Sarah Minnick Brings Artistry And Unusual Ingredients To Chef's Table: Pizza - Exclusive Interview

Netflix's long-running "Chef's Table" series recently premiered with a new season, this one entirely focused on pizza. If you've yet to watch this docuseries, it essentially looks at a selection of chefs from around the world and their differing approaches to various foods. This season, viewers watch chefs from Italy, Japan, Minneapolis, Phoenix, and beyond as they put their own spins on the international favorite: pizza.

However, "Chef's Table: Pizza" is about far more than just pizza. As viewers get to know each chef featured in each of the six 45-minute episodes, they also learn about each chef's personal ethos, background, successes, and failures. Pizza is just the start of a greater conversation, and in the sixth episode of this season — which follows the story of Portland, Oregon's Sarah Minnick and her work at her restaurant, Lovely's Fifty Fifty — the conversation evolves to also include agriculture, seasonal eating, and the many challenges and rewards that come with the restaurant business in general. Minnick, who was previously an artist before becoming a restauranteur and chef, is depicted as an artist in the kitchen, too, covering her pizzas in foraged ingredients and flowers for bright and beautiful results.

In an exclusive interview, we spoke to Minnick about her approach to pizza and her passion for her work.

The perfect combo

When you were creating the concept for Lovely's Fifty Fifty, how did you come to pizza as half of the restaurant's focus? Why not some other food that went well with ice cream?

Working at the restaurant that we had previously, the chef — Troy — and I would go down to the Bay Area, and we went to Chez Panisse. We had their little pizzettes there, and they were always interesting. I was like, "These are super different from any pizzas I've ever seen." They'd have salt cod brandade on them and lots of vegetables, and I was like, "I never really thought of this as pizza, but they're so good. They're so much better than what I think of."

There were a couple other pizza places down there that were spin-offs of Chez Panisse ... and I saw that they were using a lot of farm produce. I got excited about that, and I [thought] ... "We could bring all the farmers in and use all the same people, but we could have more of a family-friendly restaurant, one that people could come to every week."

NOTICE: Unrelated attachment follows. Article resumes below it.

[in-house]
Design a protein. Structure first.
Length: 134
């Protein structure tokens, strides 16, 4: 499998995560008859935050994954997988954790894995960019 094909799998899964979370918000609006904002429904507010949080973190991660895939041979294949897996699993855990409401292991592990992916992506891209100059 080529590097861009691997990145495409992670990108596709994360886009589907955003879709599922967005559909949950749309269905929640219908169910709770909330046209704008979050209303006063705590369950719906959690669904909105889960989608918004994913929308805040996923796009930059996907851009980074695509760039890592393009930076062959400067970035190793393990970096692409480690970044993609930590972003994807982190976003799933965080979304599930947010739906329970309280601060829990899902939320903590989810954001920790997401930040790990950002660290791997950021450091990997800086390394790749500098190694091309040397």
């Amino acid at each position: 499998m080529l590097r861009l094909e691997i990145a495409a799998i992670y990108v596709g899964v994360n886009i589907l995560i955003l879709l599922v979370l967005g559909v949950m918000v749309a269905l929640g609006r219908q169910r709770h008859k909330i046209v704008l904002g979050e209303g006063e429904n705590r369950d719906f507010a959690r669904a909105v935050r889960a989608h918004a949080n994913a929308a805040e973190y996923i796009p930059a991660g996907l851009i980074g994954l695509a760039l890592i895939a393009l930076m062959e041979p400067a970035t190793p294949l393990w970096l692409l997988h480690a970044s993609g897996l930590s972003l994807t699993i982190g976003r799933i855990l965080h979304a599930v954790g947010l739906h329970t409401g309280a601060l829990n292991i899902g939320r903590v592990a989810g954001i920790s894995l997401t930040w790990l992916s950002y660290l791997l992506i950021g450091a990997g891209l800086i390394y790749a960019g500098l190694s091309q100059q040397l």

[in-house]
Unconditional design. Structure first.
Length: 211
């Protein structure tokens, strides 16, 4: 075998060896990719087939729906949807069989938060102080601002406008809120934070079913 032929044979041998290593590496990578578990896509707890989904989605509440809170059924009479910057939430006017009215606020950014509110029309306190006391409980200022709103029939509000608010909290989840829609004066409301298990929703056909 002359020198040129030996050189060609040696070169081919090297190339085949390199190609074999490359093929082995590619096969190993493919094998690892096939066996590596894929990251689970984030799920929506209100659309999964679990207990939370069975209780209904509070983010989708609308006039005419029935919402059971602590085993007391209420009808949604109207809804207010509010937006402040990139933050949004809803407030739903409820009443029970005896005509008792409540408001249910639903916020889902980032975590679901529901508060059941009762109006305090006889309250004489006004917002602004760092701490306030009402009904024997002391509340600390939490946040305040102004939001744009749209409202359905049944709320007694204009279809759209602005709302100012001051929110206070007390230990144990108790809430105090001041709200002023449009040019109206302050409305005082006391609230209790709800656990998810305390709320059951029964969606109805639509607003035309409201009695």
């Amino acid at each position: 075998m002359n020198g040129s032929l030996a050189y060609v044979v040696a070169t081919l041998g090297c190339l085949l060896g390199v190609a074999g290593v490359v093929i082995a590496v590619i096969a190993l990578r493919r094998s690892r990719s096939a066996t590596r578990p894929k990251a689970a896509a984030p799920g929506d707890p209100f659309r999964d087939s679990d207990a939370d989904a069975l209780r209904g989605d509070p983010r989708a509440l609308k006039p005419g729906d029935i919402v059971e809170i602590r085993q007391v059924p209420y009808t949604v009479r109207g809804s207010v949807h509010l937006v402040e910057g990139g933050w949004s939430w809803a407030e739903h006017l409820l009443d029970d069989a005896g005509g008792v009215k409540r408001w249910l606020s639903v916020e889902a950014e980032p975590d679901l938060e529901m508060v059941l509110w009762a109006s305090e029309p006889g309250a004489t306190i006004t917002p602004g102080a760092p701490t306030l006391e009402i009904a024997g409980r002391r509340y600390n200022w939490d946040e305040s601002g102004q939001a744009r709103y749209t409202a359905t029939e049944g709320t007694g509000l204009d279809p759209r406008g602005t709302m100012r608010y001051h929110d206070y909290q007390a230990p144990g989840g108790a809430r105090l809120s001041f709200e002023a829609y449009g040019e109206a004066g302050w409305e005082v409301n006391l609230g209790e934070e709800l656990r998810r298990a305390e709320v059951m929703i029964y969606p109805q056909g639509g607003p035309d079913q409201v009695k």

[For] pizza and ice cream, I didn't see that happening anywhere, but I was like, "This is the best combo. It seems a little too perfect." One reviewer was like, "I'm a little worried about this pizza-ice cream thing." I was like, "What? Worried? How are you worried?"

We did have some pizza places in Portland and they were really good and nationally recognized, but they weren't farm-driven. Sometimes, people have a different expectation of pizza. People were thinking, "How is that going to work? Pizza with ice cream?" But it didn't seem that strange to me.

There were a lot of seasonal ice cream places down [in] the Bay Area, too, and we didn't have any ice cream up here yet, so I saw it as a great opportunity to infuse whatever we wanted to do in this simple way and work with all the farmers from Oregon that we had been using for all those years before.

Following the rules of seasonality

On the topic of farmers and using all of this farm fresh produce and ingredients — when I think of going to the farmer's market, I think of tomatoes and corn and green beans, things like that. How did you go from using your "typical" farmer's market haul to using all of these unique ingredients that you use and that viewers see you using on the show?

It had to do with when I started to work with Ayers Creek Farm, which we visit in the show ... They had this amazing ethos of growing a lot of wintertime produce, different kinds of squash, and they grew a lot of storage crops like beans and corn. Once I started to hang out with them and listen to what they had to say and watch their ethos for farming, I started to think, "I like this idea of eating so seasonally that you have rules to follow and you don't really bend them." You make sure that you use brussels sprouts and you use kale and you put up a lot of storage crops to be used in the winter.

Also, once I started to go to the farmer's market religiously — in the summer there are three days a week where I go, and I get a lot of farm deliveries to Lovely's, too — I started to watch the farm list and be like, "They have brussels sprouts, kales, parsnips, turnips, and potatoes. All right, we're going to work with these."

[The variety] is pretty plentiful. We have very mild winters here, and it takes a lot to shut a farm down, even in January or February. They're still delivering for us and growing great crops that do well in cold weather. Some of them can freeze in the field, and then, when they thaw, you harvest them. Once I started to go through a couple of years of working with farmers, I started to see what they had and what made sense.

Along those lines, geography plays a big role in what you've done. Do you think that you would've ended up in the same line of work, or do you think you would've been so successful with the restaurant, had you been somewhere that's not Portland?